Three vs Six Months of Adjuvant Chemotherapy for High-Risk Stage II Colorectal Cancer

Get Permission

As reported in JAMA Oncology by Petrelli et al, noninferiority in relapse-free survival for 3 vs 6 months of adjuvant chemotherapy was not established among patients with resected high-risk stage II colorectal cancer in the Italian phase III TOSCA trial. A potential regimen effect was observed, raising the possibility that 3 months of capecitabine plus oxaliplatin (CAPOX) may be suitable as adjuvant therapy. 

The previously reported primary analysis from TOSCA in patients with stage III disease showed that the hazard ratio for relapse-free survival numerically favored 6 months of adjuvant chemotherapy; noninferiority of 3 months of treatment was not established.

Study Details

The multicenter trial, conducted from June 2007 to March 2013, included 1,254 patients (per-protocol population) with high-risk stage II disease who were randomly assigned to receive 3 months (n = 621) or 6 months (n = 633) of standard FOLFOX (fluorouracil, leucovorin, and oxaliplatin) or CAPOX at investigator discretion. Overall, 776 patients (61.9%) received FOLFOX and 478 (38.1%) received CAPOX.

Among all patients, 24.0% had pT4N0M0 tumors and 76.0% had high-risk pT3N0M0 tumors. The primary outcome measure was 5-year relapse-free survival in the per-protocol population.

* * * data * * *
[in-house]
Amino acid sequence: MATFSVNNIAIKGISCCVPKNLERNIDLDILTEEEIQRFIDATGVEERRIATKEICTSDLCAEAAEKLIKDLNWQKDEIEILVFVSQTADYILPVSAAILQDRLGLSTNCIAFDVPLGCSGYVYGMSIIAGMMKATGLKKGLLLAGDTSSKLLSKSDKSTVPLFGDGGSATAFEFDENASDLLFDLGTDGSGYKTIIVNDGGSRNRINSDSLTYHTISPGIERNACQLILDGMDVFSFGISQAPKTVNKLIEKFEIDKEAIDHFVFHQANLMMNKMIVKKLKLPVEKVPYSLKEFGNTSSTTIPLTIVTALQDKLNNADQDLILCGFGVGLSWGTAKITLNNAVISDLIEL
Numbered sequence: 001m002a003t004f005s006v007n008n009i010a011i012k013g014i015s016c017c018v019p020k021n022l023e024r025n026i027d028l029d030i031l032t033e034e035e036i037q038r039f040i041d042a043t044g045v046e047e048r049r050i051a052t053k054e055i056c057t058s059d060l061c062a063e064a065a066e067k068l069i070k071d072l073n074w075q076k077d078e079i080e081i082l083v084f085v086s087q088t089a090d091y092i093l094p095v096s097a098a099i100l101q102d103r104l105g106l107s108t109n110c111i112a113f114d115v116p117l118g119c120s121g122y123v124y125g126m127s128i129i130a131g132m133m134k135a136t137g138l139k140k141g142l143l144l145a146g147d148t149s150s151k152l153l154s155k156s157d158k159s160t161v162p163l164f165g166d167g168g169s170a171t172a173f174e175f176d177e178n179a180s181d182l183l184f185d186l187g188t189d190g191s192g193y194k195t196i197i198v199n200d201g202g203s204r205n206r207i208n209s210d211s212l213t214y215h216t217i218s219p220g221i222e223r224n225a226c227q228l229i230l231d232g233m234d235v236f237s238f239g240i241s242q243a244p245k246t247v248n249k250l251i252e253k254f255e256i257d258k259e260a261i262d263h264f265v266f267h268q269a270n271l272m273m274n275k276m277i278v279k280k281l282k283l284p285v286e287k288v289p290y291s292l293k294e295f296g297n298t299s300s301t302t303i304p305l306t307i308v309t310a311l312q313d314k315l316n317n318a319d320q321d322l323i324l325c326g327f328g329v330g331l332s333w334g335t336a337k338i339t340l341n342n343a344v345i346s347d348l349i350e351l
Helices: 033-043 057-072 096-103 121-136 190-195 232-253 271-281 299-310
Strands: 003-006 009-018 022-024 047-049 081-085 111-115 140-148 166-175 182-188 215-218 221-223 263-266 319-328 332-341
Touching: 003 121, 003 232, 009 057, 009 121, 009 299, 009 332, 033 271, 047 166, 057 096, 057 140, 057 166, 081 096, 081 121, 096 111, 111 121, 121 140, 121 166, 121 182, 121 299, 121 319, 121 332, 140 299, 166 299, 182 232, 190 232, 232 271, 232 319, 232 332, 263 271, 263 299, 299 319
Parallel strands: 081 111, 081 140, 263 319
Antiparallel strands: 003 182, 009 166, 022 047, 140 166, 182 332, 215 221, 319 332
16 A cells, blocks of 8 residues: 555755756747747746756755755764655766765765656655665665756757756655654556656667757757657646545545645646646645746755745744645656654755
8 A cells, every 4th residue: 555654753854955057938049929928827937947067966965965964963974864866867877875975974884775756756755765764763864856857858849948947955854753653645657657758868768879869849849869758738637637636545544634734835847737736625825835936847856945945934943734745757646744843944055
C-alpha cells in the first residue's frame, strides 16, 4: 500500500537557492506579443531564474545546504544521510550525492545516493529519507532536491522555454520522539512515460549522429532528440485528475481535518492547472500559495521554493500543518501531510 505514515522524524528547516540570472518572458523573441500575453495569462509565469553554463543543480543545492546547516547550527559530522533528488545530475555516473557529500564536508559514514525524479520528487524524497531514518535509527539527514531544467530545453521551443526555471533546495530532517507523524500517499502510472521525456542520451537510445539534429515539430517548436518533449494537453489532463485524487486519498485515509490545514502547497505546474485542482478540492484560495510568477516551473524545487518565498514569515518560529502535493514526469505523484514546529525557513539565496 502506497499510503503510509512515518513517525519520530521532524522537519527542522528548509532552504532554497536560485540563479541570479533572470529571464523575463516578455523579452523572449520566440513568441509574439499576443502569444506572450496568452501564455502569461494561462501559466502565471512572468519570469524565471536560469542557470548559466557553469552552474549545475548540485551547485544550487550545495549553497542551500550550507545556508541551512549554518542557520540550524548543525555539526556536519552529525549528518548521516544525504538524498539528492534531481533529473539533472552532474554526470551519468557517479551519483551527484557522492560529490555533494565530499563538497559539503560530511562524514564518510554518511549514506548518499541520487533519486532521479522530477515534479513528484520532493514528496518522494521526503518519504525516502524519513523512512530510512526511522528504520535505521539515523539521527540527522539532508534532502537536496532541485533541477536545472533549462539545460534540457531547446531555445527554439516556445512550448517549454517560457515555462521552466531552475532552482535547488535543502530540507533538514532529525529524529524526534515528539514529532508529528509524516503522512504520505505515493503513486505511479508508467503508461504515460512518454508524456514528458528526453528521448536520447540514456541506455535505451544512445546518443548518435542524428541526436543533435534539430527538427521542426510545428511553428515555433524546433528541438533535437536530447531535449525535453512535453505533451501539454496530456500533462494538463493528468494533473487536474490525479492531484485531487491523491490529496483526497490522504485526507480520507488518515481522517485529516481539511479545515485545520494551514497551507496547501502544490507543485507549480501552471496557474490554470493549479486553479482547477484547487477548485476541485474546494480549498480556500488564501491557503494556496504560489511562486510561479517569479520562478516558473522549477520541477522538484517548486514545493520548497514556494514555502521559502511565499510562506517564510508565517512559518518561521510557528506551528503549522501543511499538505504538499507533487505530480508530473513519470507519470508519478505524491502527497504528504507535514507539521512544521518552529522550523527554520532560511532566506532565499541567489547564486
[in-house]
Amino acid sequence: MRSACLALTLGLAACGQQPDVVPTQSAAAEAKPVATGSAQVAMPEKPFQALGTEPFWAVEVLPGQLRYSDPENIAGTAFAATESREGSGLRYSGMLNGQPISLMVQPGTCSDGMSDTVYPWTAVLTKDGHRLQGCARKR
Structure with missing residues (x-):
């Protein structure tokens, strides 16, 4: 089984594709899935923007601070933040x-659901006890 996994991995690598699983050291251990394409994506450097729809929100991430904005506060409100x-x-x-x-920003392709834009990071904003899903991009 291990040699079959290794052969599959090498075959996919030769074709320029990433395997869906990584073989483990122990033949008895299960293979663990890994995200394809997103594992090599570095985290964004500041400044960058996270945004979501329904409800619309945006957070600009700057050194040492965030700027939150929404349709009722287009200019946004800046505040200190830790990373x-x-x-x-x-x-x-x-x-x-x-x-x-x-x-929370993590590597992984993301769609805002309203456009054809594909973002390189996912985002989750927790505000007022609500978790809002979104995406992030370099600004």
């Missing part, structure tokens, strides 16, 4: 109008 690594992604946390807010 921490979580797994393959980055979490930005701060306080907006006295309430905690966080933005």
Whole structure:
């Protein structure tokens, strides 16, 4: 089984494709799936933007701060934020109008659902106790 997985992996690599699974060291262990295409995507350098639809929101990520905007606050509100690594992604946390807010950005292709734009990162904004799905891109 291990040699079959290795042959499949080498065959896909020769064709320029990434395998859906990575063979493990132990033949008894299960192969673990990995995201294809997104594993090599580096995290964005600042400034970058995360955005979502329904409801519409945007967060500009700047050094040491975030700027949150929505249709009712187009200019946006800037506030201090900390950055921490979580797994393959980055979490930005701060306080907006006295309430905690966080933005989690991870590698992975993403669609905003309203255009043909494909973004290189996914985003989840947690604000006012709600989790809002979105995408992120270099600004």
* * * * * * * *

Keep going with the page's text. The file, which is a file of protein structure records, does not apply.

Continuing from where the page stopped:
Relapse-Free Survival

Median follow-up was 62 months. Five-year relapse-free survival was 82.2% in the 3-month group vs 88.2% in the 6-month group (hazard ratio [HR] = 1.41, 95% confidence interval [CI] = 1.05–1.89; P = .86 for noninferiority).

Among patients receiving CAPOX, 5-year relapse-free survival was 84.6% vs 85.4% (95% CI = -6.3%–7.8%; noninferiority margin for 5-year difference = 2.8%), with a hazard ratio of 1.13 (95% CI = 0.70–1.84). Among patients receiving FOLFOX, 5-year rates were 81.1% vs 89.6% (95% CI = 3.4%–13.7%; noninferiority margin = 3.3%), with a hazard ratio of 1.58 (95% CI = 1.09–2.28). The test for interaction between duration and regimen, however, was not statistically significant.

Adverse Events

The toxicity profiles of the 3- and 6-month regimens were reported previously. Overall, rates of severe adverse events were higher in the 6-month group, including neutropenia (27.6% vs 20.7%, P < .001), diarrhea (6.4% vs 5.0%, P < .001), and allergic reactions (2.0% vs 0.5%, P < .001). The rate of grade 3 or 4 neuropathy was also higher in the 6-month group (8.4% vs 1.3%, P < .001).

The investigators concluded, “In the 3-month arm, the treatment was significantly less toxic than in the 6-month arm. Noninferiority was not shown for 5-year relapse-free survival. However, a possible regimen effect was observed, suggesting that either 3 months of CAPOX or 6 months of FOLFOX therapy can be used whenever an oxaliplatin doublet is indicated for treatment of patients with stage II colorectal cancer.”

Fausto Petrelli, MD, of the Medical Science Department, ASST Bergamo Ovest, Piazzale Ospedale 1, Treviglio, is the corresponding author for the JAMA Oncology article.

Disclosure: The study was sponsored by the Italian Group for the Study of Digestive Tract Cancers Foundation and supported by a grant from Agenzia Italiana del Farmaco. For full disclosures of the study authors, visit

The content in this post has not been reviewed by the American Society of Clinical Oncology, Inc. (ASCO®) and does not necessarily reflect the ideas and opinions of ASCO®.